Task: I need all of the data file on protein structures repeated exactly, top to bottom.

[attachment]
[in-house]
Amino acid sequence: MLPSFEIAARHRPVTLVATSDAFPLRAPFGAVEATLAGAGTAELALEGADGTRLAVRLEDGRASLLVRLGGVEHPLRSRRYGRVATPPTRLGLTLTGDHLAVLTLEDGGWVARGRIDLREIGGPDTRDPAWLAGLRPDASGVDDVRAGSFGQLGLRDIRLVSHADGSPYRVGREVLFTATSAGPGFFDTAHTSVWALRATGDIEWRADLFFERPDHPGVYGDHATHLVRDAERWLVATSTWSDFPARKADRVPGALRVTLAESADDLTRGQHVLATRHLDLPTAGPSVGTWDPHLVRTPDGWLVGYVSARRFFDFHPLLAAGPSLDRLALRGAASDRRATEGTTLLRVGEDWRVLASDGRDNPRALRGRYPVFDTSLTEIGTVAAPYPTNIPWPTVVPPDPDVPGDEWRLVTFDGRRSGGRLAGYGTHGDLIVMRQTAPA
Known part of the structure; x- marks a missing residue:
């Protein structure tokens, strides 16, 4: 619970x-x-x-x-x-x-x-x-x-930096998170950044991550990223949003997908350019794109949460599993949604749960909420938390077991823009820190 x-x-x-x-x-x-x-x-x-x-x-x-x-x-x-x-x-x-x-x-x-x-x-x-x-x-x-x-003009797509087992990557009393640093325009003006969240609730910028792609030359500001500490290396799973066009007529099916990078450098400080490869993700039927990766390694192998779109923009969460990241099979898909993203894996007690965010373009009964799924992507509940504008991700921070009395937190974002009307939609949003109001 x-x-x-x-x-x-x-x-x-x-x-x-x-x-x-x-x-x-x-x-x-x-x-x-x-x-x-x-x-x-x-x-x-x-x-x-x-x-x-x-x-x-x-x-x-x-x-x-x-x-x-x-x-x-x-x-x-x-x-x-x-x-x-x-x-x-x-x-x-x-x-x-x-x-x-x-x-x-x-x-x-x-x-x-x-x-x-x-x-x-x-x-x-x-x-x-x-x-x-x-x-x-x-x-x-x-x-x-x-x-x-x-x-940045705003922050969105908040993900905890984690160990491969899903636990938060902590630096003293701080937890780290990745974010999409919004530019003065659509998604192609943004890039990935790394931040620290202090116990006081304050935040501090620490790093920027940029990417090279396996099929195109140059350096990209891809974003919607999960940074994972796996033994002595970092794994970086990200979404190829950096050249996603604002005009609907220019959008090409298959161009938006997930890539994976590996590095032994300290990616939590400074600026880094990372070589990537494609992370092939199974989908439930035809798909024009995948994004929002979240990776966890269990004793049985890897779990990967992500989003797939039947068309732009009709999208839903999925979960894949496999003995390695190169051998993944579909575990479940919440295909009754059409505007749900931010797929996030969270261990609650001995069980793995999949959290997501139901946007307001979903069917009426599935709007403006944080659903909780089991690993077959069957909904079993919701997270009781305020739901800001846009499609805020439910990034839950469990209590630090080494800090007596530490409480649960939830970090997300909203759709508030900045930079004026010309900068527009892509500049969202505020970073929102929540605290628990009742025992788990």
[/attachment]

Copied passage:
[in-house]
Amino acid sequence: MLPSFEIAARHRPVTLVATSDAFPLRAPFGAVEATLAGAGTAELALEGADGTRLAVRLEDGRASLLVRLGGVEHPLRSRRYGRVATPPTRLGLTLTGDHLAVLTLEDGGWVARGRIDLREIGGPDTRDPAWLAGLRPDASGVDDVRAGSFGQLGLRDIRLVSHADGSPYRVGREVLFTATSAGPGFFDTAHTSVWALRATGDIEWRADLFFERPDHPGVYGDHATHLVRDAERWLVATSTWSDFPARKADRVPGALRVTLAESADDLTRGQHVLATRHLDLPTAGPSVGTWDPHLVRTPDGWLVGYVSARRFFDFHPLLAAGPSLDRLALRGAASDRRATEGTTLLRVGEDWRVLASDGRDNPRALRGRYPVFDTSLTEIGTVAAPYPTNIPWPTVVPPDPDVPGDEWRLVTFDGRRSGGRLAGYGTHGDLIVMRQTAPA
Known part of the structure; x- marks a missing residue:
């Protein structure tokens, strides 16, 4: 619970x-x-x-x-x-x-x-x-x-930096998170950044991550990223949003997908350019794109949460599993949604749960909420938390077991823009820190 x-x-x-x-x-x-x-x-x-x-x-x-x-x-x-x-x-x-x-x-x-x-x-x-x-x-x-x-003009797509087992990557009393640093325009003006969240609730910028792609030359500001500490290396799973066009007529099916990078450098400080490869993700039927990766390694192998779109923009969460990241099979898909993203894996007690965010373009009964799924992507509940504008991700921070009395937190974002009307939609949003109001 x-x-x-x-x-x-x-x-x-x-x-x-x-x-x-x-x-x-x-x-x-x-x-x-x-x-x-x-x-x-x-x-x-x-x-x-x-x-x-x-x-x-x-x-x-x-x-x-x-x-x-x-x-x-x-x-x-x-x-x-x-x-x-x-x-x-x-x-x-x-x-x-x-x-x-x-x-x-x-x-x-x-x-x-x-x-x-x-x-x-x-x-x-x-x-x-x-x-x-x-x-x-x-x-x-x-x-x-x-x-x-x-x-940045705003922050969105908040993900905890984690160990491969899903636990938060902590630096003293701080937890780290990745974010999409919004530019003065659509998604192609943004890039990935790394931040620290202090116990006081304050935040501090620490790093920027940029990417090279396996099929195109140059350096990209891809974003919607999960940074994972796996033994002595970092794994970086990200979404190829950096050249996603604002005009609907220019959008090409298959161009938006997930890539994976590996590095032994300290990616939590400074600026880094990372070589990537494609992370092939199974989908439930035809798909024009995948994004929002979240990776966890269990004793049985890897779990990967992500989003797939039947068309732009009709999208839903999925979960894949496999003995390695190169051998993944579909575990479940919440295909009754059409505007749900931010797929996030969270261990609650001995069980793995999949959290997501139901946007307001979903069917009426599935709007403006944080659903909780089991690993077959069957909904079993919701997270009781305020739901800001846009499609805020439910990034839950469990209590630090080494800090007596530490409480649960939830970090997300909203759709508030900045930079004026010309900068527009892509500049969202505020970073929102929540605290628990009742025992788990």